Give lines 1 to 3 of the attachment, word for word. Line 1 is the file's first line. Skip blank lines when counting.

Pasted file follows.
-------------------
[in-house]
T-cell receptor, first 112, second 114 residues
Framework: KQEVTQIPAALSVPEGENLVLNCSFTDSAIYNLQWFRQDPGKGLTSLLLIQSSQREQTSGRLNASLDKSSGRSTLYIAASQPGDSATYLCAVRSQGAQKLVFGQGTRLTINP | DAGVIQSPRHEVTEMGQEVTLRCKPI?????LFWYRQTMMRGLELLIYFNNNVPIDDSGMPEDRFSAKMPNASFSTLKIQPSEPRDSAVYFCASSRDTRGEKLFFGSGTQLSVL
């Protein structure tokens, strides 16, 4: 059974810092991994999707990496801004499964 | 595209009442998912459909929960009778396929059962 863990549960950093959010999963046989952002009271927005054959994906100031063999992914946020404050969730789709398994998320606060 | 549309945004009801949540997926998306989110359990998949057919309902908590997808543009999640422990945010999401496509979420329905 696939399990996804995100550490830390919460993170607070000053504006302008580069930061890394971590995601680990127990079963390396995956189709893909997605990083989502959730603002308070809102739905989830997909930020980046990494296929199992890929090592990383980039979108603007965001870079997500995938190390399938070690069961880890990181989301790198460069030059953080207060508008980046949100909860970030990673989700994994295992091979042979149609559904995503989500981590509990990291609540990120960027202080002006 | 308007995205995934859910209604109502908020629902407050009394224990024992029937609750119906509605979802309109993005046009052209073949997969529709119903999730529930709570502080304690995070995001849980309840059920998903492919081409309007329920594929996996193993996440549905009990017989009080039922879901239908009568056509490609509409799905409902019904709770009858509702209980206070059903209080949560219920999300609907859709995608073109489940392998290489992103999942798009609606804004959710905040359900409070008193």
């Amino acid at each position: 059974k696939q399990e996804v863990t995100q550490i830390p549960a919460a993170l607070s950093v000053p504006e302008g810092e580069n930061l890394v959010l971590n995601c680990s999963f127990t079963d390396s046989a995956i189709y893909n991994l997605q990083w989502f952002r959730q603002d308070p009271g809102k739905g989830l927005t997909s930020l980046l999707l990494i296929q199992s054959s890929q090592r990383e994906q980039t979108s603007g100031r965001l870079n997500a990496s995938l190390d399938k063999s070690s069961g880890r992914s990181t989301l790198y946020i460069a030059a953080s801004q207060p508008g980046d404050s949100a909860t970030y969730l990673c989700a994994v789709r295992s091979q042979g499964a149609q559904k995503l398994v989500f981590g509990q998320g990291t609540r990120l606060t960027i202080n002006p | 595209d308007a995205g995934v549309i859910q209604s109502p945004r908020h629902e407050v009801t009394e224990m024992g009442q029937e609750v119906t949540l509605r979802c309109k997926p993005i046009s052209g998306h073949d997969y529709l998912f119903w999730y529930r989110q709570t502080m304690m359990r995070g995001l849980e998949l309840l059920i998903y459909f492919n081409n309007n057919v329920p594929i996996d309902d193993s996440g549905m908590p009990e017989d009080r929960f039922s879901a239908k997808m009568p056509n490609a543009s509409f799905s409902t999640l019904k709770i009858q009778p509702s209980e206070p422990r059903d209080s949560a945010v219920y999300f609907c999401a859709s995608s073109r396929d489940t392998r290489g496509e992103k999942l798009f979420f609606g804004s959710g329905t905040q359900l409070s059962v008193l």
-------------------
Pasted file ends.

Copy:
[in-house]
T-cell receptor, first 112, second 114 residues
Framework: KQEVTQIPAALSVPEGENLVLNCSFTDSAIYNLQWFRQDPGKGLTSLLLIQSSQREQTSGRLNASLDKSSGRSTLYIAASQPGDSATYLCAVRSQGAQKLVFGQGTRLTINP | DAGVIQSPRHEVTEMGQEVTLRCKPI?????LFWYRQTMMRGLELLIYFNNNVPIDDSGMPEDRFSAKMPNASFSTLKIQPSEPRDSAVYFCASSRDTRGEKLFFGSGTQLSVL